Epidemic Shatters Abenomics, Making Structural Reforms Urgent

Politics Economy

Tokyo, Aug. 23 (Jiji Press)--While Japan's Prime Minister Shinzo Abe is set to become the country's longest continuously serving head of government, his signature economic policy, dubbed Abenomics, is rapidly losing momentum in the face of the novel coronavirus crisis, prompting calls for stepped-up structural reforms to achieve an economic turnaround.

The reflationary policy mix, comprising the "three arrows" of monetary easing, fiscal spending and growth strategy, was launched after Abe returned to the post of prime minister in late December 2012.

Abenomics has led the yen to weaken, helping increase corporate earnings and raise stock prices, but the Abe government has yet to achieve its target of overcoming the country's prolonged deflation.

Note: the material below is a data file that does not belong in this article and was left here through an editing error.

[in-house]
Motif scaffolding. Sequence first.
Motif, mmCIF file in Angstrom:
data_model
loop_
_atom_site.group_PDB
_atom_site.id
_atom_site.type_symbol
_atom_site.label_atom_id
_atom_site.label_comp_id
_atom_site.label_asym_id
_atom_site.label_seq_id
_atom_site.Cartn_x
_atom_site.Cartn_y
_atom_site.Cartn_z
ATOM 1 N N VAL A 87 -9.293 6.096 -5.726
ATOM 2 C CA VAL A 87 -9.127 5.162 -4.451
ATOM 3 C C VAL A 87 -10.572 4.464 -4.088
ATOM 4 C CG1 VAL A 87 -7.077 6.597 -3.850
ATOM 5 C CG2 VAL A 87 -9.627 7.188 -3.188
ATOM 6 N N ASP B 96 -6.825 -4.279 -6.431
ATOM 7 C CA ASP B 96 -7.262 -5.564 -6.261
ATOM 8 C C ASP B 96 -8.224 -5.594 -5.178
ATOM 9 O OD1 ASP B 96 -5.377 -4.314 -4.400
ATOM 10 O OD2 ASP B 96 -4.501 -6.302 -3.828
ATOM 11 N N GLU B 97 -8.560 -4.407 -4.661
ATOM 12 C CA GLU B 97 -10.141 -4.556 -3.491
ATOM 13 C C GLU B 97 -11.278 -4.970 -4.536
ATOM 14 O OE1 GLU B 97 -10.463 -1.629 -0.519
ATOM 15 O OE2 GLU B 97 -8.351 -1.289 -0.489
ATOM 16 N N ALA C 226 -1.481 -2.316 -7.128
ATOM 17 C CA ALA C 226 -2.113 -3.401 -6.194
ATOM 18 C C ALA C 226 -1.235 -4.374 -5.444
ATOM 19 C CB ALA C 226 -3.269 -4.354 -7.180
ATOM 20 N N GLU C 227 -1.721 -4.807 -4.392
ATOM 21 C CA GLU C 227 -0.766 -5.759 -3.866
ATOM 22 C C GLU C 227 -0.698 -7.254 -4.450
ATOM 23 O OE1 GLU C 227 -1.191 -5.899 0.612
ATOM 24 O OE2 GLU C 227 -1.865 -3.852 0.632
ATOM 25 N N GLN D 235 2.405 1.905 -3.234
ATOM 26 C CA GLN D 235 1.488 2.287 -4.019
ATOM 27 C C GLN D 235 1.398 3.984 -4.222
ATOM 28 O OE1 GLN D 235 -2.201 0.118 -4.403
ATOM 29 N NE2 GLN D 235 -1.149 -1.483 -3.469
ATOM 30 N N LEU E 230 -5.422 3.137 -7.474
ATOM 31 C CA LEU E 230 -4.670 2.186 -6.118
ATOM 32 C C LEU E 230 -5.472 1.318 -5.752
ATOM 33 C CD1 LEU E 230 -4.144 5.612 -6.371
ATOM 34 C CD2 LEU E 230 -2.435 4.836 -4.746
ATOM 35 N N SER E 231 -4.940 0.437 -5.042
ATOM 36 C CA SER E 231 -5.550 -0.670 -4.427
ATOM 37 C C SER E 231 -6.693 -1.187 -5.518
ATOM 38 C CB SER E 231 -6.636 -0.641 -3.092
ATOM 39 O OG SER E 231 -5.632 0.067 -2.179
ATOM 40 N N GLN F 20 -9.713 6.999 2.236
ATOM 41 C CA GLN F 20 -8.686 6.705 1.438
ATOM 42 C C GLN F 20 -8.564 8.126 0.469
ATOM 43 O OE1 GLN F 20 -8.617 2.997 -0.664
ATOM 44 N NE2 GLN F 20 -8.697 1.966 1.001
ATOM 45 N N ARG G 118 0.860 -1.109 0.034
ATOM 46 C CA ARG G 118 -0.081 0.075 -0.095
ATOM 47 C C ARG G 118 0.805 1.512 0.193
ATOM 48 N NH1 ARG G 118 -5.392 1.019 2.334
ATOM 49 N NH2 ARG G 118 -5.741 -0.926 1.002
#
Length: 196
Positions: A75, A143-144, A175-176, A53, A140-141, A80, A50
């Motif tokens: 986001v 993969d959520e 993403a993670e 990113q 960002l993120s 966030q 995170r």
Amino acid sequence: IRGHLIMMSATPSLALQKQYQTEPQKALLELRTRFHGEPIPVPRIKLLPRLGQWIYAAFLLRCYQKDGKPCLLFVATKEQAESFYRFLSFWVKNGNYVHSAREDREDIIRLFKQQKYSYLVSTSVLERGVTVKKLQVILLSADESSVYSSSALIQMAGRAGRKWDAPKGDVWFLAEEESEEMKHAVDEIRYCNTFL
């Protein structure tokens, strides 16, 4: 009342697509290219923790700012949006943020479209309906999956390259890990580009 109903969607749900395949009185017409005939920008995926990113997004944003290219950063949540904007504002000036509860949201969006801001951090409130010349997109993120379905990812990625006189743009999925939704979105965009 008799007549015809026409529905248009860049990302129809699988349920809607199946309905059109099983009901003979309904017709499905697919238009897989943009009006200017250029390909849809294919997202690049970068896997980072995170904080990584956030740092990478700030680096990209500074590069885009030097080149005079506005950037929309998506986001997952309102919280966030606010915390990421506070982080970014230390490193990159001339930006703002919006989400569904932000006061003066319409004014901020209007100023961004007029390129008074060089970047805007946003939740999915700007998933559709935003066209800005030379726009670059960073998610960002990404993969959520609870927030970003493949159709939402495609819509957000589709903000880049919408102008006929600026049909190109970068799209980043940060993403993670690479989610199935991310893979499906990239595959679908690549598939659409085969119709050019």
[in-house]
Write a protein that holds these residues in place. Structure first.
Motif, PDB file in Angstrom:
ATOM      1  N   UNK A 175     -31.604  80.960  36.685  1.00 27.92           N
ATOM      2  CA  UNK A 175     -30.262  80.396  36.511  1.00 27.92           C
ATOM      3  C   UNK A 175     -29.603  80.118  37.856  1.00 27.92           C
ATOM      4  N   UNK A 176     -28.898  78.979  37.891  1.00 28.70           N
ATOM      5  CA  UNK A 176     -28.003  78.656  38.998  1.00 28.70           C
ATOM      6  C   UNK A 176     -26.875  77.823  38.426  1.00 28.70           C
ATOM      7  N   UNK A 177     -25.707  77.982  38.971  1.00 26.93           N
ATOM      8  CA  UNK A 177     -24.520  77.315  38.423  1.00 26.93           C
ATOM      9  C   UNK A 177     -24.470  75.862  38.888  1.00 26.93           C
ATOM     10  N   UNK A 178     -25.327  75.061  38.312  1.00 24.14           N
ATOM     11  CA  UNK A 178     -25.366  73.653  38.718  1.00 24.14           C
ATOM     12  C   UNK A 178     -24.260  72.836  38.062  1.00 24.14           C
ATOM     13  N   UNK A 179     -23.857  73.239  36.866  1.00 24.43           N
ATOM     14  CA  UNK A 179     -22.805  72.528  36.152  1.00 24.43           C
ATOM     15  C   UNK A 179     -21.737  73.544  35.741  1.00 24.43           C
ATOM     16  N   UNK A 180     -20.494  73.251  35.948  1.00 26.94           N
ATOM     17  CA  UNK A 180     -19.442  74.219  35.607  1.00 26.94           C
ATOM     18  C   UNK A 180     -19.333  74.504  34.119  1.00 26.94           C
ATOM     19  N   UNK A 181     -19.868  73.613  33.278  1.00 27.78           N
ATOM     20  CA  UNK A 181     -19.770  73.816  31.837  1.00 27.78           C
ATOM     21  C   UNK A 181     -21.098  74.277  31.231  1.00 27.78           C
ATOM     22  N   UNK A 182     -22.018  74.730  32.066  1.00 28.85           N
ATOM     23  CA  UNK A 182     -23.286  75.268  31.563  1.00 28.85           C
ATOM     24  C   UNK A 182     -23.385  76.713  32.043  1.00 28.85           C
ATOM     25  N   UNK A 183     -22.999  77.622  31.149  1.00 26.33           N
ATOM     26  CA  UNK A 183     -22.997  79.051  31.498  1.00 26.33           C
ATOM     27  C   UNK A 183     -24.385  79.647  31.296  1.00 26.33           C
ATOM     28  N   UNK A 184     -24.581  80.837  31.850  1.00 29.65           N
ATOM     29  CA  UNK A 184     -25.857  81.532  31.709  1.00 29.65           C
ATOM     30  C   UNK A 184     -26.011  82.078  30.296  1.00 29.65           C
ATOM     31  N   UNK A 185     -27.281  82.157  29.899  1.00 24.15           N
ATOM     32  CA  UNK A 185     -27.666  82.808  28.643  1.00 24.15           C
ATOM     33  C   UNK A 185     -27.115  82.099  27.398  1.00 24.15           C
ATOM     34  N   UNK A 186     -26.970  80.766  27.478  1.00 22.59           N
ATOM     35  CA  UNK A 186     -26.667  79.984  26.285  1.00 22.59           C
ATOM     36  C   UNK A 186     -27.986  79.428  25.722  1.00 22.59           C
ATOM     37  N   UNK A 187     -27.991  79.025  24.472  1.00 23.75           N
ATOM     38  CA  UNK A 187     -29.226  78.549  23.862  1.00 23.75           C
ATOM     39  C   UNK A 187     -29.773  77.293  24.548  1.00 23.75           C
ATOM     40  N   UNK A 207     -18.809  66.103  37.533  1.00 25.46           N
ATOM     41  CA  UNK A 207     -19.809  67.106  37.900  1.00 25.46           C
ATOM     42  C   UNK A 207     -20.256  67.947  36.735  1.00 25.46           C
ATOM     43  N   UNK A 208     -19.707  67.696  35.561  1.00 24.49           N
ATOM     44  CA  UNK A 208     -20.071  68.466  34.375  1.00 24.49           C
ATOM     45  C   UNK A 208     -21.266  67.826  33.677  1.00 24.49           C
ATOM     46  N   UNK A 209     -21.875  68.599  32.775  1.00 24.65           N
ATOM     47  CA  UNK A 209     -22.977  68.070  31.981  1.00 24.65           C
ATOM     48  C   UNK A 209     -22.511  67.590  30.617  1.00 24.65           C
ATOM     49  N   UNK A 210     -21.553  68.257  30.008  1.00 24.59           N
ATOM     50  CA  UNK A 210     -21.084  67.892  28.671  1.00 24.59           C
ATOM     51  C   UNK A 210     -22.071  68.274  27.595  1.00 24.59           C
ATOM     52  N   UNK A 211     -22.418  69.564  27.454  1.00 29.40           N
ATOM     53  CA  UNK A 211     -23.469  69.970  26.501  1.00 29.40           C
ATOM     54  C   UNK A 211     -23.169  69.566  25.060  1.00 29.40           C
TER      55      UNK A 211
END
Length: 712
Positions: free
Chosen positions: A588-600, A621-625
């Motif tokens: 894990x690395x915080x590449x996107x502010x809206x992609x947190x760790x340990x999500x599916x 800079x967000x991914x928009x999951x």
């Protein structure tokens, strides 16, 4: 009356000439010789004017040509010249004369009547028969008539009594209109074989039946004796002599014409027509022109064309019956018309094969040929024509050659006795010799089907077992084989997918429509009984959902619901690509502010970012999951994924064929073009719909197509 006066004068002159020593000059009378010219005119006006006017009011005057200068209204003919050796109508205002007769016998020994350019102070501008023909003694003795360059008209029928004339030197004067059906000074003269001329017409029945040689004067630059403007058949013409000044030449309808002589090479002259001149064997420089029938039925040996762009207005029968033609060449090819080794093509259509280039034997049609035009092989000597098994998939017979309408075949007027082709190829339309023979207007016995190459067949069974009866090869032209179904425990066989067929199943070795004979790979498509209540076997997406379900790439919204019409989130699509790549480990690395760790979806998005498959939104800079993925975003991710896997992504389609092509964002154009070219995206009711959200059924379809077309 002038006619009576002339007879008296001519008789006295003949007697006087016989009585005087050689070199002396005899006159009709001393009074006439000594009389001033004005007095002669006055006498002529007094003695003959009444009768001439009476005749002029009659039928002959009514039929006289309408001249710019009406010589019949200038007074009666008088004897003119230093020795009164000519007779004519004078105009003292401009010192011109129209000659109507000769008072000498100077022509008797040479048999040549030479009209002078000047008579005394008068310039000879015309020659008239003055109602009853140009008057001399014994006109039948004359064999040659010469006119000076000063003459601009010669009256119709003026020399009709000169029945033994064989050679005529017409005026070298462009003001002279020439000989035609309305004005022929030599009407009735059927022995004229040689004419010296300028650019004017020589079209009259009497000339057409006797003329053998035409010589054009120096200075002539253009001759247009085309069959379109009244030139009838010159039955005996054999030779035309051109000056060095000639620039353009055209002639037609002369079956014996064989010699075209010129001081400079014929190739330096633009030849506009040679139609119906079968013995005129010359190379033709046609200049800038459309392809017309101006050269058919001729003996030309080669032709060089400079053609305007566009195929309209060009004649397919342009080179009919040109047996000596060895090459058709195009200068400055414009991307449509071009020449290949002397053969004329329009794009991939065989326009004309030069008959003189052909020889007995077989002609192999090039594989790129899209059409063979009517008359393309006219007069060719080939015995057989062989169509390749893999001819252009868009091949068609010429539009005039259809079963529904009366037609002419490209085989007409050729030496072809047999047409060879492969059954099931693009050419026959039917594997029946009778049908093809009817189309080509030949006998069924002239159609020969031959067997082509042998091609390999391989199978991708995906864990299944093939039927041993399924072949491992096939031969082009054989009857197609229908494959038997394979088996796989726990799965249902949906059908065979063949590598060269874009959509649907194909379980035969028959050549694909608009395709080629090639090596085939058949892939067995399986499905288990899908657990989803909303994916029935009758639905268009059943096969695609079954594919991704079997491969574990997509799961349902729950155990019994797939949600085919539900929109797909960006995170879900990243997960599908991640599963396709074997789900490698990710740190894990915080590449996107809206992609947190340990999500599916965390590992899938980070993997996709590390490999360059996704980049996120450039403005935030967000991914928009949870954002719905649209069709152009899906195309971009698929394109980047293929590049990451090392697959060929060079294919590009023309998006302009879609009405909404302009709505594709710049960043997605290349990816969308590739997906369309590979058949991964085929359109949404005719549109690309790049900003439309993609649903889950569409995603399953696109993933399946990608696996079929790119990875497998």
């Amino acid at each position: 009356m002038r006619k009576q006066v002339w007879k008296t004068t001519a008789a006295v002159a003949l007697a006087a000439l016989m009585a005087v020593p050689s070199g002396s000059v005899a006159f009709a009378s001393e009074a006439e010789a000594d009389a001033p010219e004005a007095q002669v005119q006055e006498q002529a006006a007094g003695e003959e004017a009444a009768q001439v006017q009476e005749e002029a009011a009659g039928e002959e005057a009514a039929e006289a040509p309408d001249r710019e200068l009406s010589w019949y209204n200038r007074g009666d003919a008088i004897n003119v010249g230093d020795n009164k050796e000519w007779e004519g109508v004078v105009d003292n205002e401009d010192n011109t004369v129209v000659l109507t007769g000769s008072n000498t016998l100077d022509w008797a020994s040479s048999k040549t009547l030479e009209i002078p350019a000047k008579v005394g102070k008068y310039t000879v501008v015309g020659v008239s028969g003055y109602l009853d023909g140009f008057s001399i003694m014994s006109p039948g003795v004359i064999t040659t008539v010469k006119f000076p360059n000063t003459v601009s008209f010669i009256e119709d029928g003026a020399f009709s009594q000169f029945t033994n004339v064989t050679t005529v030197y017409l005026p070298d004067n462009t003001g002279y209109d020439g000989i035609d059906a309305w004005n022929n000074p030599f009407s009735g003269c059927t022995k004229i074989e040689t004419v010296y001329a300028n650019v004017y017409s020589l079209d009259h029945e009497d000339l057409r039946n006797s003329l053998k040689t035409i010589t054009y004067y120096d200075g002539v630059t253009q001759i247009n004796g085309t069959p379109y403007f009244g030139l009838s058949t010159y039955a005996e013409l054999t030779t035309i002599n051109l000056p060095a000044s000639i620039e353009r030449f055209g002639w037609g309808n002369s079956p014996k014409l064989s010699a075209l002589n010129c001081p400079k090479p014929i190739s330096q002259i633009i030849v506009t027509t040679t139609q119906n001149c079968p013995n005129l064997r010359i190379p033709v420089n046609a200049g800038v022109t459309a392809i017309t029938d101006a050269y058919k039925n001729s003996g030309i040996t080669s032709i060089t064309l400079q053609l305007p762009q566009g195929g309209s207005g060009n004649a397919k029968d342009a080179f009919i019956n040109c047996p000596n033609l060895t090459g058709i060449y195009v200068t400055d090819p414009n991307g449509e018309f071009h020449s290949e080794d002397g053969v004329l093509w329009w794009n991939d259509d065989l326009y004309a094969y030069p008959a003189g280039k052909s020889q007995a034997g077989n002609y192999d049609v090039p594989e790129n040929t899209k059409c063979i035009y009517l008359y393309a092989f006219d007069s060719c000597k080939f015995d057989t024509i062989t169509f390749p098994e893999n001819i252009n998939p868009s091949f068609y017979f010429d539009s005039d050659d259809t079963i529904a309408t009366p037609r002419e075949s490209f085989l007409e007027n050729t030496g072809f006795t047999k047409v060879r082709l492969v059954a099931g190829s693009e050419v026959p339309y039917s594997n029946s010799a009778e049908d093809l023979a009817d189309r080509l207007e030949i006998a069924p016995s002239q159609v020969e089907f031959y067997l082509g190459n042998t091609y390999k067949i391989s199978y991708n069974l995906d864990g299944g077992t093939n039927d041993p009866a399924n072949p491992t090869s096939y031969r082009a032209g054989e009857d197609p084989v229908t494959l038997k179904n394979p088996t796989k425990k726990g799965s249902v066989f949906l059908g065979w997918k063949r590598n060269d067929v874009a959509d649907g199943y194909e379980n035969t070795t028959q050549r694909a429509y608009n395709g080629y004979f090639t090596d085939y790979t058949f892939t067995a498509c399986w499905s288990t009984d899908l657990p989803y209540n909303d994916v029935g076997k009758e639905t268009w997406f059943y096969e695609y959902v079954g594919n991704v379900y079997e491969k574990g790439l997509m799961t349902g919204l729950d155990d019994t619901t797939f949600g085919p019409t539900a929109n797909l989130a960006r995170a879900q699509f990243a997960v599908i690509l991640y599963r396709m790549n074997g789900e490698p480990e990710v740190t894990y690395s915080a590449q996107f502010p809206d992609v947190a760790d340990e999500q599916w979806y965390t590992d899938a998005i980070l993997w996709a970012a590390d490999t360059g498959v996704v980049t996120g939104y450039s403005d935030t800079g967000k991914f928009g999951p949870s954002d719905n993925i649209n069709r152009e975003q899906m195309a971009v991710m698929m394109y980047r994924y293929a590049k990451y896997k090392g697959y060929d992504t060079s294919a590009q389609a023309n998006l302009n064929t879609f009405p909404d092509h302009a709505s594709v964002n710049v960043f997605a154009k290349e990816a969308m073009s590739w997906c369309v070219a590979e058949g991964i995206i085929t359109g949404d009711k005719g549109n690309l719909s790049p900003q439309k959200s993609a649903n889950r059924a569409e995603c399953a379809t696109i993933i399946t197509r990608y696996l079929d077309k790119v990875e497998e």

On Monday, Abe is set to become the longest continuously serving prime minister in Japan, staying in office for 2,799 days in a row. Abe will pass his great-uncle, Eisaku Sato, who served as prime minister for 2,798 straight days between Nov. 9, 1964, and July 7, 1972.

Under the rule of the then Democratic Party of Japan, which lasted about three years from late September 2009, the yen spiked to historic highs, and the benchmark 225-issue Nikkei stock average had remained below the key threshold of 10,000 until just before the launch of the second Abe administration, creating a sense of stagnation across the nation.

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